Cutcher's Investment Lens | 24-28 June 2024

Weekly recap

What happened in markets

The Australian sharemarket closed lower last week, after May inflation data was higher than expected (up from 3.6% to 4.0% year-on-year). This caused some investors to revisit their beliefs as to whether another interest rate hike from the RBA was a real possibility. While the ASX 200 Index fell 0.4% in the week, it rose 0.9% in June and finished the financial year ahead 7.9%. From a company perspective, iron ore miners lost ground thanks to lower iron ore prices, while the opposite was true for gold miners. Notably, Suncorp advanced 3.8% on news that it received approval for the $5 billion sale of its banking arm to ANZ. Interestingly, ANZ actually gave up 2.4% over the week.

US sharemarkets were relatively unchanged last week, as continued disinflationary trends seen in economic data were offset by the heightened volatility caused by the first formal debate (between Biden and Trump) ahead of the US Presidential Election. Noteworthy company specific news in the US came from Apple, which announced its new iPhone 16. The new iPhone, which will be released in September this year, will incorporate AI technology and is expected to trigger an upgrade cycle amongst its customers.

European sharemarkets were also weakened by political uncertainty last week, as the French snap election fast approached. Germany’s jobless rate rose to 6.0%, its highest level in over three years, while consumer data also showed increased caution. These factors more than offset signs of further price decreases seen in countries like France and Spain. Important company news included aircraft manufacturer Airbus’ cut in deliveries and profit guidance, which led its share price down 13.7%.

Stock & sector movements


What caught our eye

The prospect of a soft landing for the US economy seems achievable following recent economic data, which revealed a slowdown in growth during the first half of the year. This deceleration is primarily due to the US Federal Reserve's (Fed) higher-for-longer interest rate policy and the persistent sting of inflation.

Following the release of the softer economic data, the Atlanta Fed's GDPNow forecast revised June 2024 quarter growth down to 2.20% from the previously anticipated 3.00%. This adjustment underscores how the Fed's strategy of maintaining interest rates at a two-decade high is curbing demand by making borrowing more expensive for consumer goods, home purchases, and business equipment. 

Fed officials hope that this moderation in economic activity will further suppress inflation, providing room to lower interest rates. At the time of writing, interest rate markets anticipate the first 0.25% rate cut on 18 September, ahead of the US Presidential Election on 5 November.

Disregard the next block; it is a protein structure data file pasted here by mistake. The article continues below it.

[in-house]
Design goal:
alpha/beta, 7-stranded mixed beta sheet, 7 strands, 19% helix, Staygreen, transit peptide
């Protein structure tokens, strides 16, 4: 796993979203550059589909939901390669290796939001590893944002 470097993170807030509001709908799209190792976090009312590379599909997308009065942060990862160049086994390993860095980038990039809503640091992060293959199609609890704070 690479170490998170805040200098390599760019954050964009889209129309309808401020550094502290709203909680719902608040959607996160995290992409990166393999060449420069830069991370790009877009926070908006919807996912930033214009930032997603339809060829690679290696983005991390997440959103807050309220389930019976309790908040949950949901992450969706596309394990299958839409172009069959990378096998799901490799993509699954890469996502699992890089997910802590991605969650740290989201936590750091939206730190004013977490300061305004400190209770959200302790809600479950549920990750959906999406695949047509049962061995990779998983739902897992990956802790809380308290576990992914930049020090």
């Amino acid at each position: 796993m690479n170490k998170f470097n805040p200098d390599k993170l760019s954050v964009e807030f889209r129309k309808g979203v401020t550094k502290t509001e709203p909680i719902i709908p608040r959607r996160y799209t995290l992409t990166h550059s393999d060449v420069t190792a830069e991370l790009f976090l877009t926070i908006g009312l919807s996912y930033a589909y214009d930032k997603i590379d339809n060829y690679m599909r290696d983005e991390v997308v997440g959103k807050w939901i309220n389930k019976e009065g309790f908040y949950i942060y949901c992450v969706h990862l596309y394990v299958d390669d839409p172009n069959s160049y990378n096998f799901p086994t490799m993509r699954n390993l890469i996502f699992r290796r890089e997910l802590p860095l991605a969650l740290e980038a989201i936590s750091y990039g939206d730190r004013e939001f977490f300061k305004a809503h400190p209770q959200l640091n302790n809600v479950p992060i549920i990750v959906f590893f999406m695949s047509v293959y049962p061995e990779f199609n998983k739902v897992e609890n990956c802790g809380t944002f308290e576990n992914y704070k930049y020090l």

The housing market is certainly feeling the impact of approximately 7% mortgage rates. A report from Thursday highlighted a significant drop in the National Association of Realtors' index of contract signings for previously owned homes, marking the lowest level since records began in 2001.

Moreover, after-tax personal income, adjusted for inflation, increased by only 1.5% in the first quarter compared to the previous year, the smallest annual rise since 2022. Labor demand, a critical driver of income growth that fuels spending, is also softening. Continuing jobless claims, indicative of the number of people receiving unemployment benefits, have risen to their highest level since 2021, suggesting that unemployed Americans are taking longer to find new jobs.

Despite these challenges, the Atlanta Fed's growth forecast of 2.20% remains relatively strong. This confidence is bolstered by rising corporate profits in the US, with earnings per share for the S&P 500 projected to grow strongly over the next two years, with annual profit growth of 13% expected.

The week ahead

This coming week in Australia we will be looking out for Retail Sales data and the RBA’s June monetary policy meeting minutes. Consumer spending is expected to remain soft, while market participants are eager to understand the RBA’s thinking and whether another interest rate increase is probable. 

Overseas, China Purchasing Managers’ Indexes will give insight into whether weak factory activity has continued to weigh on the economy. Meanwhile, we will get a look at the US Federal Reserve’s June monetary policy meeting minutes, along with US factory orders and US job openings. 



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